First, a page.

Gwendolyn has a pop-up box on her dash which, in later model years, would have accommodated a navigation system. I once looked into the possibility of retrofitting the device, but inasmuch as the price was way on the wrong side of a thousand dollars and the data disc was likely to be several years old, I decided that this was not such a great idea.
And that was before I read this:
So I bought a new car this summer. When I bought it I really thought I needed a navigation system. I haven’t used it in months, and then when I turned it on recently, it found me. In the middle of the ocean. I thought this odd, but my old nav system would lose me on occasion so it wasn’t a big deal. However every time I turn the damned car on now I’m in the middle of the ocean and I need to “realign” myself in the world.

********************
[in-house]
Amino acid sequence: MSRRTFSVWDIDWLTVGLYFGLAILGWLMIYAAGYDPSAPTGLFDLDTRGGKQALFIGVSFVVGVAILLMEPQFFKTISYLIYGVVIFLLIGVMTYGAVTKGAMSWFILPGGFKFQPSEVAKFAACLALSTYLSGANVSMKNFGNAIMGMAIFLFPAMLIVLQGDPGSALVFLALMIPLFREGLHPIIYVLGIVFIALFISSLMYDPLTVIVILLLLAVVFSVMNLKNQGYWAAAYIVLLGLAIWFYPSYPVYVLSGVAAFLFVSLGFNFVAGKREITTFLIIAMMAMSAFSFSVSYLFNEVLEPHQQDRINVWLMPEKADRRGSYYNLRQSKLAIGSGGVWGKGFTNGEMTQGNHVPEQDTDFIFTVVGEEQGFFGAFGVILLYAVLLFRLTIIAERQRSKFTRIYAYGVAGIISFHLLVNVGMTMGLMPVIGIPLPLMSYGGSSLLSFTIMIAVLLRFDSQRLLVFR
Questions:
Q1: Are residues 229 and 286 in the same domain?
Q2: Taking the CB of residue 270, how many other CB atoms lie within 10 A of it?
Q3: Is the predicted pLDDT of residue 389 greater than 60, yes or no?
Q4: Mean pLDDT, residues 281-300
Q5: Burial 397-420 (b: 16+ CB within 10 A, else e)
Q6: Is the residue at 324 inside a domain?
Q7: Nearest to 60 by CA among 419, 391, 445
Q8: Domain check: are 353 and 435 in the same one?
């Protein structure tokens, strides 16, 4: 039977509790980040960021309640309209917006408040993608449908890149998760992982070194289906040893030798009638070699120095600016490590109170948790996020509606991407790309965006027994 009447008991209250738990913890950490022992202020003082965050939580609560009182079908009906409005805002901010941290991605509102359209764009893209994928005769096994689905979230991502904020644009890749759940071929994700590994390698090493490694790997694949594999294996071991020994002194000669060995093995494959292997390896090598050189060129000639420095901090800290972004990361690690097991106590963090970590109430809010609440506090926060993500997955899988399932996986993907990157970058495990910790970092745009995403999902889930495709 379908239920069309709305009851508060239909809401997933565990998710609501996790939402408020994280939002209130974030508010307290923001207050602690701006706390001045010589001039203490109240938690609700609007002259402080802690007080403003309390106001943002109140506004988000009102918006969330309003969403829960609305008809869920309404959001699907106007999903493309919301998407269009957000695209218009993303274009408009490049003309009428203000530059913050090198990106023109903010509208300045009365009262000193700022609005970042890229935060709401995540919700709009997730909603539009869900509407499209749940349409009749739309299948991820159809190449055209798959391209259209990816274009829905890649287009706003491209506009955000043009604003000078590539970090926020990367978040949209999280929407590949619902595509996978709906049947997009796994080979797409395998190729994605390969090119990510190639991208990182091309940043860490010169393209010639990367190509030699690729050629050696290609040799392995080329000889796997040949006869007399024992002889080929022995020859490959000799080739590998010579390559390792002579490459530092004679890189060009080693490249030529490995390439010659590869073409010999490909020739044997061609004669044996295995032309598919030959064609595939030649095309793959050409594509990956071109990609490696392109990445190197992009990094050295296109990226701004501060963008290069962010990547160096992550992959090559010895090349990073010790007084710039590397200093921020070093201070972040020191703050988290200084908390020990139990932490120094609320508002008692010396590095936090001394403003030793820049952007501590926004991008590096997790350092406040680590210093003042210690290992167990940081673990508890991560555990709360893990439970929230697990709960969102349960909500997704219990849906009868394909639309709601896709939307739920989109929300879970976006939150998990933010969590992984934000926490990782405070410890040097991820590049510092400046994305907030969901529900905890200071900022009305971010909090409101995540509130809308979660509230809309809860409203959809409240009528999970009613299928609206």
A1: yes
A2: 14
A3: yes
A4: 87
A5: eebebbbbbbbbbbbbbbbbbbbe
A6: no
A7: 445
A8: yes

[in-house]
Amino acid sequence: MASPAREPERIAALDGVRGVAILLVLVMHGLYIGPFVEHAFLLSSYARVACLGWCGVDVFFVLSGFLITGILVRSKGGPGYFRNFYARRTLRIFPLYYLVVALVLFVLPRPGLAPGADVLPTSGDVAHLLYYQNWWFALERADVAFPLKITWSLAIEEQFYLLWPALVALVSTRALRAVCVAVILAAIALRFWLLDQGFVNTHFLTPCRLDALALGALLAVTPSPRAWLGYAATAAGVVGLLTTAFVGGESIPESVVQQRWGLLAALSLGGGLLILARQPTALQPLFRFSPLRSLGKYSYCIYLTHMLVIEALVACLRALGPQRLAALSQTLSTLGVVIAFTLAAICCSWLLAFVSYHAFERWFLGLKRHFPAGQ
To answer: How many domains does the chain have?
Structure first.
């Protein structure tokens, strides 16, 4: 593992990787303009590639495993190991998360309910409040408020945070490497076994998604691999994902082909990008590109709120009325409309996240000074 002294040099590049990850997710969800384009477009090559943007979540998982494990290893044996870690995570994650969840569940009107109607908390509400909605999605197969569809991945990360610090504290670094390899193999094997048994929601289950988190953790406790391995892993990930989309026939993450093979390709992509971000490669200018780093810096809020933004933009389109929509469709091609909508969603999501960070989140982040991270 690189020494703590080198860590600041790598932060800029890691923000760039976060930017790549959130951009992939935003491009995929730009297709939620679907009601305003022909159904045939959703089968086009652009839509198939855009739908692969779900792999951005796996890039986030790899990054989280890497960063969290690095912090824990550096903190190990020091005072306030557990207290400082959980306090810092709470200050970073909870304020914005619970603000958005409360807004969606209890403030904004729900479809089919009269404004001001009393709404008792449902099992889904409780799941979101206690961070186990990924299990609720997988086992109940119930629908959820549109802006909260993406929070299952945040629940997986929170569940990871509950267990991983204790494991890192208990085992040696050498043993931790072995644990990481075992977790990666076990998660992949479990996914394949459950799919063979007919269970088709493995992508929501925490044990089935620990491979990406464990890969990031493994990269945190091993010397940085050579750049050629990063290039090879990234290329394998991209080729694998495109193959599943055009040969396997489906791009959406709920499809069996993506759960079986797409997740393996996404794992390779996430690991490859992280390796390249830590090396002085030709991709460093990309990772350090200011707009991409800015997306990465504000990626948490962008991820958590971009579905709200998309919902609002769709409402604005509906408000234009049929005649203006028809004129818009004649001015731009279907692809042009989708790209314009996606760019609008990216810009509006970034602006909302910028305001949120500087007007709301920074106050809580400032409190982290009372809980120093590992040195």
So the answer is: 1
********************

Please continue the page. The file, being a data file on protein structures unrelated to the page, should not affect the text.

I think it’s safe to assume she’s not in fact in the middle of the ocean.
I am, however, somewhat distrustful of this sort of machinery. I have an MP3 player which, once connected to the PC for download, resets the shuffle and puts Abba’s “Waterloo” at the head of the queue whether or not any tracks were in fact downloaded; it will do it on a recharge cycle, even. This isn’t quite as scary as being lost on some side road in the Adirondacks, but it serves as a reminder that electronic servants all rely on software, and all software has bugs of some sort. (Ask anyone with a 30GB Zune.)